Hometown Herbalist: Back to school


Pencils, backpacks, papers, and likely a whole lot of energy – the return to school is a notoriously wacky time of year. Young kids are bubbling with excitement about the year ahead, while simultaneously mourning the loss of abundant free time and late morning wakeups. All this can combine to create a somewhat challenging set of behavioral obstacles for the parents.

Simple plant medicines can offer a huge amount of relief not only to the adults in your families but to the younger members as well. While caution should be heeded in using new herbs with kids under the age of 5 (just as you would be cautious about them trying new foods), there are many safe and effective herbal remedies that can be used with the whole family. From stress to upset tummies, to the germs that loom at the schoolyard, below are a handful of plants that can prove to be more than useful during the transition from home to school.

Chamomile (Matricaria recutita)

A tried and true member of the herbal medicine family, chamomile is a gentle yet effective nervine for a variety of ages. Often overlooked because of how “common” of a tea it is, there is a reason that this sweet little herb has been used for so many years. Traditionally used as a calming herb to help soothe anxiety and relieve stress, the warm tea makes a wonderful before bed treat. Sweetened with a little honey, chamomile tea has a flavor that is agreeable across many palates.

Peppermint (Mentha piperita)

Known as a carminative (helping to dispel gas), an antispasmodic, and a gentle nervine, mint is a go-to herb not only for its cooling and calming effect but for its action on the digestive system as well. Historically used for upset stomachs or indigestion – this pleasant tasting backyard plant is a staple in herbalism. Peppermint can be made into an iced tea for a midday beverage or added to cocoa for a relaxing evening treat. Served warm or hot, it is one of my favorite herbal teas.

Elderberry (Sambucus nigra)

A powerhouse for the immune system due to its strong antiviral action – elderberry is an excellent herb for the whole family, especially as we move into cold and flu season and become more exposed to germs at school and work. Elderberry can be made into a syrup that not only tastes good but is thought to be fortifying to the immune system as well. It’s the first herb I reach for whenever there’s a bug going around.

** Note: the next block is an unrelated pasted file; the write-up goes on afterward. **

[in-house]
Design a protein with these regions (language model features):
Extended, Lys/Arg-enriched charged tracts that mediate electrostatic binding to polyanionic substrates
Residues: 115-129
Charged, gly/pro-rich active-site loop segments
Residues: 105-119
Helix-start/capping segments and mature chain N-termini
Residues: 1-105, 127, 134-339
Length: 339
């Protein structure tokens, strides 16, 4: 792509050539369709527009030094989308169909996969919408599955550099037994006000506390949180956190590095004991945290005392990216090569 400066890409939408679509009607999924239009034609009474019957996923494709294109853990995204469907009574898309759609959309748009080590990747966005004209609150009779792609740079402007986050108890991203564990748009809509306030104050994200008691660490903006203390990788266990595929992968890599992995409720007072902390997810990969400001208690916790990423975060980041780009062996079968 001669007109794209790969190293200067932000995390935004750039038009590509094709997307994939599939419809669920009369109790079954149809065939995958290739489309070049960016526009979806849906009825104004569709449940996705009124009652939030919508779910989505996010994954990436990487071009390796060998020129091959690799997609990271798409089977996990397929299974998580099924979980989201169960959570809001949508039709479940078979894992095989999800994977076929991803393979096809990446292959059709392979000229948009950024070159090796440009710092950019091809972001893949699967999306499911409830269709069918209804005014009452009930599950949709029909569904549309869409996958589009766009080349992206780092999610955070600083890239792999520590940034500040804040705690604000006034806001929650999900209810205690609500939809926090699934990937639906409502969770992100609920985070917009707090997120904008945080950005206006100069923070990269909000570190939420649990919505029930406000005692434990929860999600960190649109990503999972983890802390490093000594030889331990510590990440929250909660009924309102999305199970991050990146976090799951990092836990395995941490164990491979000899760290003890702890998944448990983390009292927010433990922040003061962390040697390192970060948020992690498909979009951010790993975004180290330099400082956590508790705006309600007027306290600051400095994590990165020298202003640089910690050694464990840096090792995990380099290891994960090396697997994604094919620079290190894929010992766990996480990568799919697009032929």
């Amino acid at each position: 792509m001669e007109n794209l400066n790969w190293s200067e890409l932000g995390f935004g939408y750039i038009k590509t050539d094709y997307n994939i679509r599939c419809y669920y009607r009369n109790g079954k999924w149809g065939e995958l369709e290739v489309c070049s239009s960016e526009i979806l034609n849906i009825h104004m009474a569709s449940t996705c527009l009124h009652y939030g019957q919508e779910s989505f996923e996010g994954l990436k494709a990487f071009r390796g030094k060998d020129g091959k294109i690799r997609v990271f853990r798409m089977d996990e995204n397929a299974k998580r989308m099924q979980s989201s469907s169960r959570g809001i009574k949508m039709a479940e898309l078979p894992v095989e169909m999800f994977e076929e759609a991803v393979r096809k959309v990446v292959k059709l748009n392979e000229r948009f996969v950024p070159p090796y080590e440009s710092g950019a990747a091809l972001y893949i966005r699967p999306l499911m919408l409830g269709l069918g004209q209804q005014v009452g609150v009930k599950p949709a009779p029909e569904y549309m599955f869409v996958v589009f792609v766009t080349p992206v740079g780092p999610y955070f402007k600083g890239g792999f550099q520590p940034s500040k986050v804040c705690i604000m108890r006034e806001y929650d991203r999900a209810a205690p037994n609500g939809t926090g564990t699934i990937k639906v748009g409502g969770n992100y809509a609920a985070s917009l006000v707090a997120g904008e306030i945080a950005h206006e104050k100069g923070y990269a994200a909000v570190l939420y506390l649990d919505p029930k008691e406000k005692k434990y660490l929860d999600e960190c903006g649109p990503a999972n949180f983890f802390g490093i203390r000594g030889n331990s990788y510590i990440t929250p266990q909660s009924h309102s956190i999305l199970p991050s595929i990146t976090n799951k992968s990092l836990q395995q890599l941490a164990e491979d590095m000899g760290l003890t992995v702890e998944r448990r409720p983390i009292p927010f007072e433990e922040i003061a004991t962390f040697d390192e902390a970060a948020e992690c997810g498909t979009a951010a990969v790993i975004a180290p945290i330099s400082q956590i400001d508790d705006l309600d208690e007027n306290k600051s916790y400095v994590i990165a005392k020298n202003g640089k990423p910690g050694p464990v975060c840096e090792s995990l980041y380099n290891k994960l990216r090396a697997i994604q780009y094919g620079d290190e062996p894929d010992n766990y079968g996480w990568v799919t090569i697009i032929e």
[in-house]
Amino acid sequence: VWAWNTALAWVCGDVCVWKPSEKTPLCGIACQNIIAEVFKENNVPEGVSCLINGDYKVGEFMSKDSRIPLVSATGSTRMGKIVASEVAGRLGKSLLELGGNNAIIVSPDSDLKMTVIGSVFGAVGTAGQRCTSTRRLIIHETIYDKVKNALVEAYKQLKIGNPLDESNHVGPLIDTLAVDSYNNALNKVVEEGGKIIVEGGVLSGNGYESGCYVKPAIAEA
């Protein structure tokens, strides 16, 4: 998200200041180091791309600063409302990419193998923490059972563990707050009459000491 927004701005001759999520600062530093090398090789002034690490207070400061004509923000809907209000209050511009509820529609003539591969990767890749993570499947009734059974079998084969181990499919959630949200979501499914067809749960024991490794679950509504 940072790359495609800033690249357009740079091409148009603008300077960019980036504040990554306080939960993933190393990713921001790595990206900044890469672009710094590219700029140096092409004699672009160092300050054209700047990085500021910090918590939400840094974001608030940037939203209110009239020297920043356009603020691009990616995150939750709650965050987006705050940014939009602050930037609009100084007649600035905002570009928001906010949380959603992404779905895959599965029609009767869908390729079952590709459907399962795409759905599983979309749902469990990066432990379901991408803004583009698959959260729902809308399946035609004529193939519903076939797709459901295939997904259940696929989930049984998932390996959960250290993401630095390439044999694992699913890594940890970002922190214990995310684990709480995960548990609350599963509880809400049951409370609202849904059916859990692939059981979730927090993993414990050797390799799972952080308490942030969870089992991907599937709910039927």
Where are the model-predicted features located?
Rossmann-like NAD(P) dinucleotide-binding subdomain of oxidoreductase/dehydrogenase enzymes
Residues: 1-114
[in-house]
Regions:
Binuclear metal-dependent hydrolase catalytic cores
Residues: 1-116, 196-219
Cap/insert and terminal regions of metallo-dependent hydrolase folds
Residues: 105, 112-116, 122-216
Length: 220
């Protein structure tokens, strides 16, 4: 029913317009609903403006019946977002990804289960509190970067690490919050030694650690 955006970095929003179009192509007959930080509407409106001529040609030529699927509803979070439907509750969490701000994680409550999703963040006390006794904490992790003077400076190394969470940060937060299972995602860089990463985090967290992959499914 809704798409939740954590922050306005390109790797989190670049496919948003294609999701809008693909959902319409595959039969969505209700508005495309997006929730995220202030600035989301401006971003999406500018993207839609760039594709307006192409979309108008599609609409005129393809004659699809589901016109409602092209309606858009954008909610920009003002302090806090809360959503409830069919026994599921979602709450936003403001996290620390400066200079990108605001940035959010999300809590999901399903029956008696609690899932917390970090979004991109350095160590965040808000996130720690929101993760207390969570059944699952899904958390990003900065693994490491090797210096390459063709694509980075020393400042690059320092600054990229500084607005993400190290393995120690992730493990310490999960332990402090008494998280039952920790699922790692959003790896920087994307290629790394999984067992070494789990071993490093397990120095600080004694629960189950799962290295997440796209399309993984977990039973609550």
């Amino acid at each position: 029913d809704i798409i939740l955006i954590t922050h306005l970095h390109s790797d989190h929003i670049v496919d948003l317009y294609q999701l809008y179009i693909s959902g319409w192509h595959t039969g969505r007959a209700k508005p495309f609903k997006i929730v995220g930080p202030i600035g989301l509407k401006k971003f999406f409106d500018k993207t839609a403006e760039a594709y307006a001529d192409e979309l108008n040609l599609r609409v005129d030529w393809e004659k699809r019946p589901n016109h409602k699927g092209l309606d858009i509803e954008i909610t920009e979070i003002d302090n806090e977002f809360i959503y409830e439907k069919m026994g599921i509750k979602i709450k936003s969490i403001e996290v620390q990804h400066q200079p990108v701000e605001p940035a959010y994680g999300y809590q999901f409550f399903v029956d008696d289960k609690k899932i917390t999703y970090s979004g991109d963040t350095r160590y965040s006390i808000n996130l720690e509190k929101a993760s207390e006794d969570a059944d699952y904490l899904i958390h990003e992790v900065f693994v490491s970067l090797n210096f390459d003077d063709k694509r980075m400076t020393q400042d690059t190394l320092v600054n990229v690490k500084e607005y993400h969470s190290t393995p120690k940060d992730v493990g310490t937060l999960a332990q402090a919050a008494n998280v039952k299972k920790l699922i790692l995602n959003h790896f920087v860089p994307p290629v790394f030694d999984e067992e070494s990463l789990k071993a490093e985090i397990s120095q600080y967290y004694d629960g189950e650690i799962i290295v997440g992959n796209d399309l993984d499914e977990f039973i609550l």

To learn more about Herbs for Kids – sign up for my upcoming workshop with Song Sparrow Playgarden. This workshop will be held on Saturday, October 20th from 10-12; $35/person, or bring a friend, partner, or spouse and pay $50/couple. To get more information or to sign up today email eastbayherbals@gmail.com.

Note: The information presented in this article is for educational purposes only, and is not medical advice. For more information about local, seasonal, herbal remedies and regional botanical information, check back on the first Sunday of every month for the Hometown Herbalist column.

References: Hoffmann, David. Medical Herbalism the Science and Practice of Herbal Medicine. Healing Arts Press, 2003.

Anna Marie Beauchemin is a trained Clinical Western Herbalist and Biologist. Born and raised in Martinez, California, she is passionate about sharing her craft with her community and helping people to find balance and wellness in their lives. She runs a community apothecary in downtown Martinez – offering herbal consultations, custom formulations, education and outreach, and community herb walks. For more information visit her website at eastbayherbals.com, follow her on Facebook and Instagram @eastbayherbals, or email at eastbayherbals@gmail.com

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